Microbe managers

By: Morgan Sherburne

Too much of a good thing can be a bad thing — something Nicole Iovine, M.D., Ph.D., knows well. As the director of the Antimicrobial Management Program at UF Health Shands Hospital, Iovine says her first priority is to provide the best possible care to patients. But she also makes sure that care does not unintentionally create harm by causing microbes to become resistant to antimicrobial medication.

Antimicrobial medications are more broad-spectrum than antibiotics and target bacterial infections as well as fungal, viral and parasitic infections.

“They’re also called ‘big guns’ because they are so powerful. They can treat a very wide range of organisms,” said Iovine, an assistant professor in the College of Medicine and epidemiologist at UF Health Shands Hospital.

This is a good thing when patients are in dire need of care.

“As soon as you know what the patient has and how to treat it, you need to act on that information and narrow the spectrum of antiomicrobials,”
Iovine says. “Otherwise, we’ll end up with what the Centers for Disease Control and Prevention called
‘the nightmare bacteria.’ ”

One of those nightmare bacteria is clostridium difficile, which causes clostridium difficile colitis. Antibiotics given intravenously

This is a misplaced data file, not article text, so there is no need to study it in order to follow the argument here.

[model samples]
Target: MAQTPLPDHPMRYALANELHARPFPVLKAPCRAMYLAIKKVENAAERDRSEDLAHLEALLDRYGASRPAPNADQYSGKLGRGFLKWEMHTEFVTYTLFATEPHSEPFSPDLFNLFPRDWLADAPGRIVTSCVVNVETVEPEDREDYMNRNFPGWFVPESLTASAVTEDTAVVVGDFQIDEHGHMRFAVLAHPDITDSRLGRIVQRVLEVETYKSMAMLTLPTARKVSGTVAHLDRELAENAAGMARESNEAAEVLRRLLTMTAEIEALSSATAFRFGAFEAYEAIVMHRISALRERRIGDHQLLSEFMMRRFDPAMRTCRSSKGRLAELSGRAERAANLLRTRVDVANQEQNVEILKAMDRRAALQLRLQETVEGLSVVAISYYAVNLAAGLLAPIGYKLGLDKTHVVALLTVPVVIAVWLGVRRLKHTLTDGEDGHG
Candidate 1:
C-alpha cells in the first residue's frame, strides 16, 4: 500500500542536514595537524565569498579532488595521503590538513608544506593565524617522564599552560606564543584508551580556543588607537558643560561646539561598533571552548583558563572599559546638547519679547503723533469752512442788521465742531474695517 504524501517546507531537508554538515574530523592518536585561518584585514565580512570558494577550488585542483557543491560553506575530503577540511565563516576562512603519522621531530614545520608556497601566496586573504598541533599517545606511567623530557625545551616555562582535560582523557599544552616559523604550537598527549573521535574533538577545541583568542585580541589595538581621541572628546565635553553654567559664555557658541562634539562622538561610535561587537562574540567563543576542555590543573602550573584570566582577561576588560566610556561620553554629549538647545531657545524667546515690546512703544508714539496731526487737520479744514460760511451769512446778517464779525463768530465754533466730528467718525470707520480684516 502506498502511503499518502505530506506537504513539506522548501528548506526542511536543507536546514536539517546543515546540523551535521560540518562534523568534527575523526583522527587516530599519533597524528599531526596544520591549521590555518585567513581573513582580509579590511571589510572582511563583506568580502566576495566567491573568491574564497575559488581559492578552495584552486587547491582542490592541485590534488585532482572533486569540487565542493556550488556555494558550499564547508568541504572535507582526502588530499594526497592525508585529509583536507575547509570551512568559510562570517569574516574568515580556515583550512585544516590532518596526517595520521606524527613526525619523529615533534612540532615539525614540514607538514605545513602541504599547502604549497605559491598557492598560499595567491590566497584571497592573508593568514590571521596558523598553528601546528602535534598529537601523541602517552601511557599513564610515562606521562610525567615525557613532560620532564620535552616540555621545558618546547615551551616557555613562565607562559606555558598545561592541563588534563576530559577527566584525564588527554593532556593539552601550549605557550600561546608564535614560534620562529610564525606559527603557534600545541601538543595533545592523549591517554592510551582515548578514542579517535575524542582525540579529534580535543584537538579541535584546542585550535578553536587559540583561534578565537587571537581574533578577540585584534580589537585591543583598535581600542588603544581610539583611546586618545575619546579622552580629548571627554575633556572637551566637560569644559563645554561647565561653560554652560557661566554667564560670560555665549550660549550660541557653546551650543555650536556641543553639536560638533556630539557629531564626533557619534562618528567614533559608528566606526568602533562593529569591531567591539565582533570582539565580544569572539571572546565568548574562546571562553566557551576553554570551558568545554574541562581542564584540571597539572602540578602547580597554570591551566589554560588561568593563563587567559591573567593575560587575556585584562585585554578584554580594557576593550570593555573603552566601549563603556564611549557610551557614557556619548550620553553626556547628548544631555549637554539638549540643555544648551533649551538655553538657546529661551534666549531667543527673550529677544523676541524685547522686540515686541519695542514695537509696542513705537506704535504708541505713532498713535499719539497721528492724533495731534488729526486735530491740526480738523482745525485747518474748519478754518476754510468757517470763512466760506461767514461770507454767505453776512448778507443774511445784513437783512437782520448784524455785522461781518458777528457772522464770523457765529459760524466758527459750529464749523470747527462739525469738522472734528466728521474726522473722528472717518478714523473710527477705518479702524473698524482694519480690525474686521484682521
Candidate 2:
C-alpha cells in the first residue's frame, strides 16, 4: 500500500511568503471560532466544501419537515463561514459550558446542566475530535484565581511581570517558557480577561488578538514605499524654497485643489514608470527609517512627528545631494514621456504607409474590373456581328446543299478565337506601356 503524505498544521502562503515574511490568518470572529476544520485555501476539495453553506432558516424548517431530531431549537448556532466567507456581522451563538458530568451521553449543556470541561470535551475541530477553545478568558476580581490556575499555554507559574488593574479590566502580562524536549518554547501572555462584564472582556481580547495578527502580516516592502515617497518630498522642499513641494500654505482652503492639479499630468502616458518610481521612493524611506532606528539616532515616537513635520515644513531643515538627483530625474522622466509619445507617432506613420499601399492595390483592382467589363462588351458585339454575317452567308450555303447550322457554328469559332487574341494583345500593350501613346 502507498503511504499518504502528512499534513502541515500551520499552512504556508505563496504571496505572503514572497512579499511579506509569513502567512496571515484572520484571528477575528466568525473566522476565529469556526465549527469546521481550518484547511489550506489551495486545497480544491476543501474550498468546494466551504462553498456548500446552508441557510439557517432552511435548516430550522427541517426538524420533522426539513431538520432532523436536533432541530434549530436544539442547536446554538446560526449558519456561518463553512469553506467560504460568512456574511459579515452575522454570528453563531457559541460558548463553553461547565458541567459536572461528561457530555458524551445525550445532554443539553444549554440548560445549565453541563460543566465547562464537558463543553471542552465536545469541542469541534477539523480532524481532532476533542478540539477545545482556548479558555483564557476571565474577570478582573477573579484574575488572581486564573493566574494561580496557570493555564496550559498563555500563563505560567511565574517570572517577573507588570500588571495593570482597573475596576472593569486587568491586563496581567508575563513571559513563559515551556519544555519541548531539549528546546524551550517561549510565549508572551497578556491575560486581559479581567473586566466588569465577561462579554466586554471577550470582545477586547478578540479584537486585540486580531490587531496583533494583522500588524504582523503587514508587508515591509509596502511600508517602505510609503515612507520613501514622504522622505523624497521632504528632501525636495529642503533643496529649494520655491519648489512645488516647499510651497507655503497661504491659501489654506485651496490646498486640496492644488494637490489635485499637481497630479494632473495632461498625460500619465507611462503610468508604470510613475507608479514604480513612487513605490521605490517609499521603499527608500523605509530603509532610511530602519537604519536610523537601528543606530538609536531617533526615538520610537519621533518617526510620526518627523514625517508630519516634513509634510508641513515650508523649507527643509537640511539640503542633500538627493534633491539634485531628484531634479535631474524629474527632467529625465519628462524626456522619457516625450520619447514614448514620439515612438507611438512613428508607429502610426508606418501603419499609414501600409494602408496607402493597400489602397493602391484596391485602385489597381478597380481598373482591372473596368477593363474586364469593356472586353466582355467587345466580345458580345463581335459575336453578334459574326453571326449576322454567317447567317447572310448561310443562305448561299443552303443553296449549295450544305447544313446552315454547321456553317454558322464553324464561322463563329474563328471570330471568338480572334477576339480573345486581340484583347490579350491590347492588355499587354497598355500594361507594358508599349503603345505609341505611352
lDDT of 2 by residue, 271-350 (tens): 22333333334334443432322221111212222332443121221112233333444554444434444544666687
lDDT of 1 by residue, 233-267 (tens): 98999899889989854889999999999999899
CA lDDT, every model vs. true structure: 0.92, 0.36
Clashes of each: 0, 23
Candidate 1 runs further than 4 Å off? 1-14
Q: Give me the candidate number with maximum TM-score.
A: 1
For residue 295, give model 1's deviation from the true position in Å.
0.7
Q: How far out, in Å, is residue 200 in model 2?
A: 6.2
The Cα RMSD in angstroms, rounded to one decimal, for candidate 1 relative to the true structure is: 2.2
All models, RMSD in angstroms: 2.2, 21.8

may wipe out infection, but they also can wipe out all of the good bacteria in a patient’s intestines. This leaves room for c-diff bacteria, which may already exist in the intestine, to take hold.

About 15 to 20 percent of infected patients relapse. A smaller percentage of people develop a disease that can require their colons to be removed, and an even smaller percentage of those patients can die from their illness.

To cut the risk of c-diff, Iovine and teammates Kenneth Klinger, Pharm.D., and Samuel Borgert, Pharm.D., have developed a c-diff management algorithm. Using the algorithm, doctors can determine whether a patient needs to take different kinds of antibiotics. 

Another way the team keeps tabs on infectious diseases is through a surveillance system that sifts through data coming out of the hospital’s microbiology lab. The system sends alerts whenever a highly resistant infection shows up.

The team also conducts research about resistant infections.

The antimicrobial management team hopes its approach will result not only in fewer resistant microbes, but also in saving the hospital money, both by not having to administer costly antimicrobial medications and by not having to mediate infections should they occur in the hospital. Iovine said she has seen a hospital environment troubled with resistant infections at another institution. 

“UF Health Shands is so much better than that environment, but it always makes me really vigilant because I don’t want that to happen here,” Iovine says. “It takes a multipronged approach — it takes an antimicrobial management program; it takes epidemiology; it takes vigilance, constant checking and re-checking. When a resistant bug does come in, we have to pounce on it — which we do.”